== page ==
On Sunday, September 4th, with the weather near perfect, the decision was made to set sail for Spain. The twenty-eight ships of the combined fleet raised anchor and in single file set a course due north towards the Florida Keys and the strong Gulf Stream current. The Atocha, sitting low from its heavy cargo, took up its assigned position in the rear. By evening the wind started to pick up out of the northeast growing stronger through the night. At daybreak the seas were mountainous and for safety most everyone was below deck seasick or in prayer. Throughout the next day the wind shifted to the south driving most of the fleet past the Dry Tortugas and into the relatively safe waters of the Gulf of Mexico.

The Atocha, Santa Margarita, Nuestra Señora del Rosario and two smaller vessels all at the tail end of the convoy received the full impact of the storm and were not so fortunate. With their sails and rigging reduced to shreds, and masts and tillers battered or broken, the ships drifted helplessly toward the reefs. All five ships were lost, the Atocha being lifted high on a wave and smashed violently on a coral reef. She sunk instantly, pulled to the bottom by her heavy cargo of treasure and cannon. 

The next day, a small merchant ship making its way through the debris rescued five Atocha survivors still clinging to the ship mizzenmast. They were all that were left of 265 passengers and crew.

Salvage attempts began immediately. The Atocha was found in 55 feet of water with the top of its mast in plain view. Divers, limited to holding their breath, attempted recovery but were unable to break into the hatches. They marked the site and continued searching for the other wrecks. The Rosario was found in shallow water and was relatively easy to salvage, but the other vessels could not be located. While the salvagers were in Havana obtaining the proper equipment to retrieve the Atocha's treasure, a second hurricane ravaged the area tearing the upper hull structure and masts from the ship. When they returned, the wreck was no where to be found and salvage attempts over the next 10 years proved futile. However, the Santa Margarita was discovered in 1626 and much of her cargo salvaged over the next few years. But, time and events slowly erased memories of the Atocha. Copies of the ship's register and written events of the times eventually found their way into the Archives of the Indies in Seville, Spain. These documents, like the treasure itself, were to lay in obscurity waiting for the right set of circumstances centuries later.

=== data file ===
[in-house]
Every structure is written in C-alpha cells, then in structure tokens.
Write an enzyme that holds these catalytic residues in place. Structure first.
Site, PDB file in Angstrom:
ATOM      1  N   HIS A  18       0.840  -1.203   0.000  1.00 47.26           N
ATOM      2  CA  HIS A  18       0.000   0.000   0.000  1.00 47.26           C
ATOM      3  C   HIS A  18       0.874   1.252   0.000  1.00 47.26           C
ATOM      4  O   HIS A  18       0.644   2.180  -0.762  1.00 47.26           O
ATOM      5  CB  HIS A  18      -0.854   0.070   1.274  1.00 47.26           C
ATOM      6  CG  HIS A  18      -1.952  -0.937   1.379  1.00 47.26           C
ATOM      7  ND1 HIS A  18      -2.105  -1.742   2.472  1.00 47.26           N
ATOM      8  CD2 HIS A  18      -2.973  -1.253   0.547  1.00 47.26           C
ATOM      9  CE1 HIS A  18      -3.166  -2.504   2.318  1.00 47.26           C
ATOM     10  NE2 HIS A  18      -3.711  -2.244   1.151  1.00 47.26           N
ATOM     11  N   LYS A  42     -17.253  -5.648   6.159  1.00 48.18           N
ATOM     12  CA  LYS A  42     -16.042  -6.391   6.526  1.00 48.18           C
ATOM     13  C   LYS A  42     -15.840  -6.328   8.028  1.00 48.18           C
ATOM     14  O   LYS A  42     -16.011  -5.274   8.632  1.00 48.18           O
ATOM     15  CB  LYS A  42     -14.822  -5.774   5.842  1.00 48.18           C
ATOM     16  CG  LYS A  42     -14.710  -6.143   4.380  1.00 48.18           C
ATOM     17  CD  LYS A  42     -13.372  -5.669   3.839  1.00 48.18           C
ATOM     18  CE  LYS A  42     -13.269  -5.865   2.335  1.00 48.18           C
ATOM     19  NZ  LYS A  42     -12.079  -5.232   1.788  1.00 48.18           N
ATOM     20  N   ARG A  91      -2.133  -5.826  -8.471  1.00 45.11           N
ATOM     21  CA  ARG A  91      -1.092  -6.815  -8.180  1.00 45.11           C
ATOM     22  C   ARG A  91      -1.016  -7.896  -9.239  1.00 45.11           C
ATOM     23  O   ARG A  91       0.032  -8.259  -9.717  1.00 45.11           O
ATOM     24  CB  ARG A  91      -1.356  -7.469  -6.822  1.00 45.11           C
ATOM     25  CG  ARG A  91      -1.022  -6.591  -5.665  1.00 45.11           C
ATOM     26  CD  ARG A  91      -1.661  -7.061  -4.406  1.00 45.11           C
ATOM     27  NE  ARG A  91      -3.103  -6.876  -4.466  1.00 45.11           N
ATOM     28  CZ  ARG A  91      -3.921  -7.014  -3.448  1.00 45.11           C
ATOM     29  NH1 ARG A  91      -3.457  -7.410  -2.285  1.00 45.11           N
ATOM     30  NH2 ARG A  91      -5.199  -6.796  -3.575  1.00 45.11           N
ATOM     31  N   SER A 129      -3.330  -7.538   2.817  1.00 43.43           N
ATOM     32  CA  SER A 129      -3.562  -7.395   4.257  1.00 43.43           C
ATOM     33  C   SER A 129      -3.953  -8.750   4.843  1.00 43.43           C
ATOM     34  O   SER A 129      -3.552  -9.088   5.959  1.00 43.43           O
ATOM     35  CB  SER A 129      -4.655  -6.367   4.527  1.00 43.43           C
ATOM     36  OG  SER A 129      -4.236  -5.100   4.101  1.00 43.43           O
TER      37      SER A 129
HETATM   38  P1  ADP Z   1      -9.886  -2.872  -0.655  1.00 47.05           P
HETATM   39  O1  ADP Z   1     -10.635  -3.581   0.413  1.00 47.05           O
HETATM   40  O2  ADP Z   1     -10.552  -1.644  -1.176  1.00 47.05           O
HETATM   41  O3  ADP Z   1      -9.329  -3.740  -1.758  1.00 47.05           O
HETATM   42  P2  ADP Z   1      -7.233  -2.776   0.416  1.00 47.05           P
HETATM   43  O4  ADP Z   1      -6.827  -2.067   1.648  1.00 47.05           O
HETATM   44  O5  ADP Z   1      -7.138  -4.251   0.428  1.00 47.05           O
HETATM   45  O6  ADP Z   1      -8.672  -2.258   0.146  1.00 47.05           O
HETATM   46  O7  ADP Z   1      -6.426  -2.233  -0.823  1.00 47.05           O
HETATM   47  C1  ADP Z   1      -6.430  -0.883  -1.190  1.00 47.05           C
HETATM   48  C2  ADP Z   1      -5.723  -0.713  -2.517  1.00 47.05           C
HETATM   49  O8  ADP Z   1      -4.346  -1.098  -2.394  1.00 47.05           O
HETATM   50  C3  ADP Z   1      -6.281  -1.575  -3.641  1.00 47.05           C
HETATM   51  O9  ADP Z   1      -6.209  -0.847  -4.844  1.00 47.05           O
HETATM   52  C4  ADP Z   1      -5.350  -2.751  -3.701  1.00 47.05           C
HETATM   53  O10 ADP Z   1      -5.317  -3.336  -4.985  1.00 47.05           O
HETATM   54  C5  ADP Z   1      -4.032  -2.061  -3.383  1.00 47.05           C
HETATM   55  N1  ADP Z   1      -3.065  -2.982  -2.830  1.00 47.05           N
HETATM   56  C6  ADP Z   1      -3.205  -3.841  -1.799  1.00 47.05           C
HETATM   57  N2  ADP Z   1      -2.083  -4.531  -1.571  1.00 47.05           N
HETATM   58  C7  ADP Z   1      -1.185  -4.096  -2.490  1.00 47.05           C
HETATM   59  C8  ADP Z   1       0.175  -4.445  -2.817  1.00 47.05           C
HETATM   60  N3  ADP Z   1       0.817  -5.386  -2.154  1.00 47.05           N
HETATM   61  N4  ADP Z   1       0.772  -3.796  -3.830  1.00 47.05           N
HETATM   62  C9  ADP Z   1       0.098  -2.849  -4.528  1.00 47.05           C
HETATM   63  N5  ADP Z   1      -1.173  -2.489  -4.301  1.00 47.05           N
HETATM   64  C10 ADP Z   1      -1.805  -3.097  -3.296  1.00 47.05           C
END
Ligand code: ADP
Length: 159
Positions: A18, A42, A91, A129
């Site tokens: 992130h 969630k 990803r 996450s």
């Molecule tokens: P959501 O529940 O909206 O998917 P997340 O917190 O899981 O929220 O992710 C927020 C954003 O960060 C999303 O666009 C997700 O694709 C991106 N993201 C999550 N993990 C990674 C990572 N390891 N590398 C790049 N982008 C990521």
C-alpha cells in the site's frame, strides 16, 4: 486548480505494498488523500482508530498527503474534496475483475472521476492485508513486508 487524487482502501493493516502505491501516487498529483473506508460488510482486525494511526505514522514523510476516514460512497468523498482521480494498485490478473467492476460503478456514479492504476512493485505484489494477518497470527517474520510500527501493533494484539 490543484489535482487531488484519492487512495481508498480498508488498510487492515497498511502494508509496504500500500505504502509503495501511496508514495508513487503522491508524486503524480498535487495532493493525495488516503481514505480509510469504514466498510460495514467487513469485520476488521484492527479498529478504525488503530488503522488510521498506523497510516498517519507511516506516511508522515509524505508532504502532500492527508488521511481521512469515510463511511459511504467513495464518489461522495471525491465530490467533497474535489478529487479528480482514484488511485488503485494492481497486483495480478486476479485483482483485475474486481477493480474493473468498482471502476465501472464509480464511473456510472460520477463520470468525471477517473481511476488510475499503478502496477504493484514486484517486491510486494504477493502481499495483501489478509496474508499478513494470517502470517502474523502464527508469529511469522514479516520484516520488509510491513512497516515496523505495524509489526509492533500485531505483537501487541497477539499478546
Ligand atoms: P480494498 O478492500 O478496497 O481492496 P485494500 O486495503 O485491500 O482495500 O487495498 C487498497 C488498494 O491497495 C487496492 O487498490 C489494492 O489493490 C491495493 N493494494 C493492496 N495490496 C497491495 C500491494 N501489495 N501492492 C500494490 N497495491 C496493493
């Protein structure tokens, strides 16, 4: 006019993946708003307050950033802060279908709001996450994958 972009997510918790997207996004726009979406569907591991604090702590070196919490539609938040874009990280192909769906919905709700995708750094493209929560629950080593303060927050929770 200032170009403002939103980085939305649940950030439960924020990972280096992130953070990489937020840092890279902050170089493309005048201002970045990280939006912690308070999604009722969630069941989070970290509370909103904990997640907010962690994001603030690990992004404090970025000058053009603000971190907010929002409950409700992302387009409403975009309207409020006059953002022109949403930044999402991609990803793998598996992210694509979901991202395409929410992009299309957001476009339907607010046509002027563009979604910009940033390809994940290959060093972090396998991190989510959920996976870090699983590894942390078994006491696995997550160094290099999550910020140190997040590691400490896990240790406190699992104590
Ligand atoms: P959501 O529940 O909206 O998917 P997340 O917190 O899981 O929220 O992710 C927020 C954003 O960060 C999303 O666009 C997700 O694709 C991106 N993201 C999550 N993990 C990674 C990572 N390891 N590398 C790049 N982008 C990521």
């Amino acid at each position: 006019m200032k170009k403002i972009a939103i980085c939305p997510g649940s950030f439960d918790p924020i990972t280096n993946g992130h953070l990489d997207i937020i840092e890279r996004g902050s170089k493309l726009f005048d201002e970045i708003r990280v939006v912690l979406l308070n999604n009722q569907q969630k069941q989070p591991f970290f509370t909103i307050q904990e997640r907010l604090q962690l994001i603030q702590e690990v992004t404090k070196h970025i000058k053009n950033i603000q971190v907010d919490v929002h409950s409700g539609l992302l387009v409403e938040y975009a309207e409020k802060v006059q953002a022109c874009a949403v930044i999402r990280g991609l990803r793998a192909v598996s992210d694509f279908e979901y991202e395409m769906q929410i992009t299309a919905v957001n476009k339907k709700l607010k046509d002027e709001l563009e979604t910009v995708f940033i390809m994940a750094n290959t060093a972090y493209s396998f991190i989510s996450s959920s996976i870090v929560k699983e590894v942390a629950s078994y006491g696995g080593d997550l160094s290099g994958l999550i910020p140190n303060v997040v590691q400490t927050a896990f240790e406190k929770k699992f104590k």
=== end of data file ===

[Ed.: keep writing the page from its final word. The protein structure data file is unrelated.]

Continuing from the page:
The twentieth century was a period of tremendous technological advancement. For the Atocha, one of the most significant occurred in 1942 when a French naval lieutenant named Jacques-Ives Cousteau developed the self-contained underwater breathing apparatus, or SCUBA for short. It allowed divers to remain underwater for extended periods of time. SCUBA contributed to the discovery of ten wrecks from the 1715 Spanish treasure fleet near Vero Beach, Florida. This highly publicized 1960's salvage operation, conducted by Real Eight Corporation, ignited an unprecedented interest in Spanish colonial shipwreck salvage, which remains strong to this day. It was this event that drew people such as Mel Fisher into the industry and onto the path of the Atocha.

After participating in the 1715 Fleet salvage operation, Mel formed a company called Treasure Salvors and began searching in earnest for the much talked about Atocha. His effort over a sixteen-year period from 1970 to 1986 is a book in itself. But in short, led to the discovery of the Santa Margarita in 1980 and the Atocha on July 20, 1985; her hull lying in 55 feet of water, exactly as recorded by the first salvage attempt in 1622.